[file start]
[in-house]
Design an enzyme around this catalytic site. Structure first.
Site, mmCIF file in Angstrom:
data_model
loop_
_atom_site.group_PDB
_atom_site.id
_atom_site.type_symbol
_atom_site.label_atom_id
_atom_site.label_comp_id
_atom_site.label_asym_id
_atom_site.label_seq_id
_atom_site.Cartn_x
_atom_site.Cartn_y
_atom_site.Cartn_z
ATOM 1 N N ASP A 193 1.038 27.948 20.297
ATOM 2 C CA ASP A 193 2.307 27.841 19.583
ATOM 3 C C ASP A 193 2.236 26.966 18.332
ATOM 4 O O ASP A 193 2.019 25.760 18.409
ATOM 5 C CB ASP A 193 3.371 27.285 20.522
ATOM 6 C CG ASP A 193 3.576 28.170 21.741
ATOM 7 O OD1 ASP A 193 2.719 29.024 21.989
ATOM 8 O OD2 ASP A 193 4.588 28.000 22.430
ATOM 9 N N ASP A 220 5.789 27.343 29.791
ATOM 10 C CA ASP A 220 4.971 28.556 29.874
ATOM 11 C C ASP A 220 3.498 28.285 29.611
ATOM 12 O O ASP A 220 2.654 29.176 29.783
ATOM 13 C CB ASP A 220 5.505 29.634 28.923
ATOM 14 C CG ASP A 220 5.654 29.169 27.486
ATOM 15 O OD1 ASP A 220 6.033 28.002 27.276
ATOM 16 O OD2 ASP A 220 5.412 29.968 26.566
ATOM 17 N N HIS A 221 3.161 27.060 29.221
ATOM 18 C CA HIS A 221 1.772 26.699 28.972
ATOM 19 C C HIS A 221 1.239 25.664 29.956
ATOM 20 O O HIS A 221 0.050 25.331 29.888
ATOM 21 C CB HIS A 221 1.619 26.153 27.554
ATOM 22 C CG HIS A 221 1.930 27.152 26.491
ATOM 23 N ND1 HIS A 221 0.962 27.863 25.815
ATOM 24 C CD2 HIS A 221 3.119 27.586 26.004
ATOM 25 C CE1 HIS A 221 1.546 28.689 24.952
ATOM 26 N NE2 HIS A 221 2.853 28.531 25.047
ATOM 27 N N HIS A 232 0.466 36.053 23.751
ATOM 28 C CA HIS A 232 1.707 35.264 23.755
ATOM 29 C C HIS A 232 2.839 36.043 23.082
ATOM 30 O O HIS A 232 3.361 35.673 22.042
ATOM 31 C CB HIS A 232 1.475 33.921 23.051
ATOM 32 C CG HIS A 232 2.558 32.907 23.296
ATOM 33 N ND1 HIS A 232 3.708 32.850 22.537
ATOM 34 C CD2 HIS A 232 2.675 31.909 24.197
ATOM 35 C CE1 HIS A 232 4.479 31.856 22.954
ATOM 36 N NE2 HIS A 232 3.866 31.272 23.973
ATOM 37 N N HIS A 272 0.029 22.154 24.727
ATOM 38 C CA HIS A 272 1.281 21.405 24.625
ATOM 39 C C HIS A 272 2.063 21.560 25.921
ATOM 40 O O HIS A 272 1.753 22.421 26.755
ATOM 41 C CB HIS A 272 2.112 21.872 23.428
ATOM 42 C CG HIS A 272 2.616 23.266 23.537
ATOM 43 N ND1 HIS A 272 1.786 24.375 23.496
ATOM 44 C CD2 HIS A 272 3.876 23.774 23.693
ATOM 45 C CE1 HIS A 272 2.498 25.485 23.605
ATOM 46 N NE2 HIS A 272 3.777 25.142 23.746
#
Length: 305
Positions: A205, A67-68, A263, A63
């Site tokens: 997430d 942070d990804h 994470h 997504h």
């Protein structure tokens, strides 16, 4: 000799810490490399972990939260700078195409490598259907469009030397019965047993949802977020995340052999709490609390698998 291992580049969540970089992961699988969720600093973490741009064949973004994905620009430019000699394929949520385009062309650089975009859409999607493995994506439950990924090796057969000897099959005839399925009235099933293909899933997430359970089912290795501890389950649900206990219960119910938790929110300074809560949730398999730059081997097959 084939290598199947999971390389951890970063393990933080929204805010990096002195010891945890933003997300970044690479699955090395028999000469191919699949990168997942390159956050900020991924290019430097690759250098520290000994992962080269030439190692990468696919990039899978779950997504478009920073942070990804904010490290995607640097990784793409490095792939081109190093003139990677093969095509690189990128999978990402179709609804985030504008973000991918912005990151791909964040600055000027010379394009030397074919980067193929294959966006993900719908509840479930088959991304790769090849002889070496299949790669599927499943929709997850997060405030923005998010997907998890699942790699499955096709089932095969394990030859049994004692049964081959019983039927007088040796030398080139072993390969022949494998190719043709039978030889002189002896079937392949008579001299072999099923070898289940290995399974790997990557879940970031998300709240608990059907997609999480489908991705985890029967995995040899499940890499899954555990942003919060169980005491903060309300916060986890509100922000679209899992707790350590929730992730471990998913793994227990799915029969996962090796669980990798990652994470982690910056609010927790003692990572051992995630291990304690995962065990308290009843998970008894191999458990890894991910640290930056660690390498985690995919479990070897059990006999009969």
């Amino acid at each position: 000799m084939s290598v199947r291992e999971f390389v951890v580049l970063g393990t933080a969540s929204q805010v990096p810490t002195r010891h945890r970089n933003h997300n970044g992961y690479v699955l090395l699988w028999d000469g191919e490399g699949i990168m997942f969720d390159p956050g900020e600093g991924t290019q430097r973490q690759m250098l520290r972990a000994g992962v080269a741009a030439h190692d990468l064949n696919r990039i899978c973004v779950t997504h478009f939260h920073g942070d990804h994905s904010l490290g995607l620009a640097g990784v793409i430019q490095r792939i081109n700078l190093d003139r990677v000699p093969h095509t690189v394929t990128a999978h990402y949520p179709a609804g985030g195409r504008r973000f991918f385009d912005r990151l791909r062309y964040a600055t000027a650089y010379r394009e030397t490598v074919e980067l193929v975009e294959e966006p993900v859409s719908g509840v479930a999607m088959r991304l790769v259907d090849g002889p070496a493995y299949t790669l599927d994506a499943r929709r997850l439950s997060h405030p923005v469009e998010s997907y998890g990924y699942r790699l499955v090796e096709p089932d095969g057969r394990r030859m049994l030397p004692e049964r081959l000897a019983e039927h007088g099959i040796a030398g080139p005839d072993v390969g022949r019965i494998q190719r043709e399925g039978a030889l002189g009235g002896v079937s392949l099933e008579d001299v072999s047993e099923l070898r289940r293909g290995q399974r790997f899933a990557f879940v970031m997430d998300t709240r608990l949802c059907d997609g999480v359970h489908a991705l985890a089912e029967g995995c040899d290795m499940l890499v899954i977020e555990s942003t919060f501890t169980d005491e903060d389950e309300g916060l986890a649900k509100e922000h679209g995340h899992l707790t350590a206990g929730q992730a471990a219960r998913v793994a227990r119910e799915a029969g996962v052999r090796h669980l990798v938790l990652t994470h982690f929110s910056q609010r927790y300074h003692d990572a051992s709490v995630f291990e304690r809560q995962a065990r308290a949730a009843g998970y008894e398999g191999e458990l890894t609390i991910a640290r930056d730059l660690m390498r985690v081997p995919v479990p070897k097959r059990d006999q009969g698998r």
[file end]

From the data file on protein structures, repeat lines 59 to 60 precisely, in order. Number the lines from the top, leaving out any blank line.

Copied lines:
ATOM 44 C CD2 HIS A 272 3.876 23.774 23.693
ATOM 45 C CE1 HIS A 272 2.498 25.485 23.605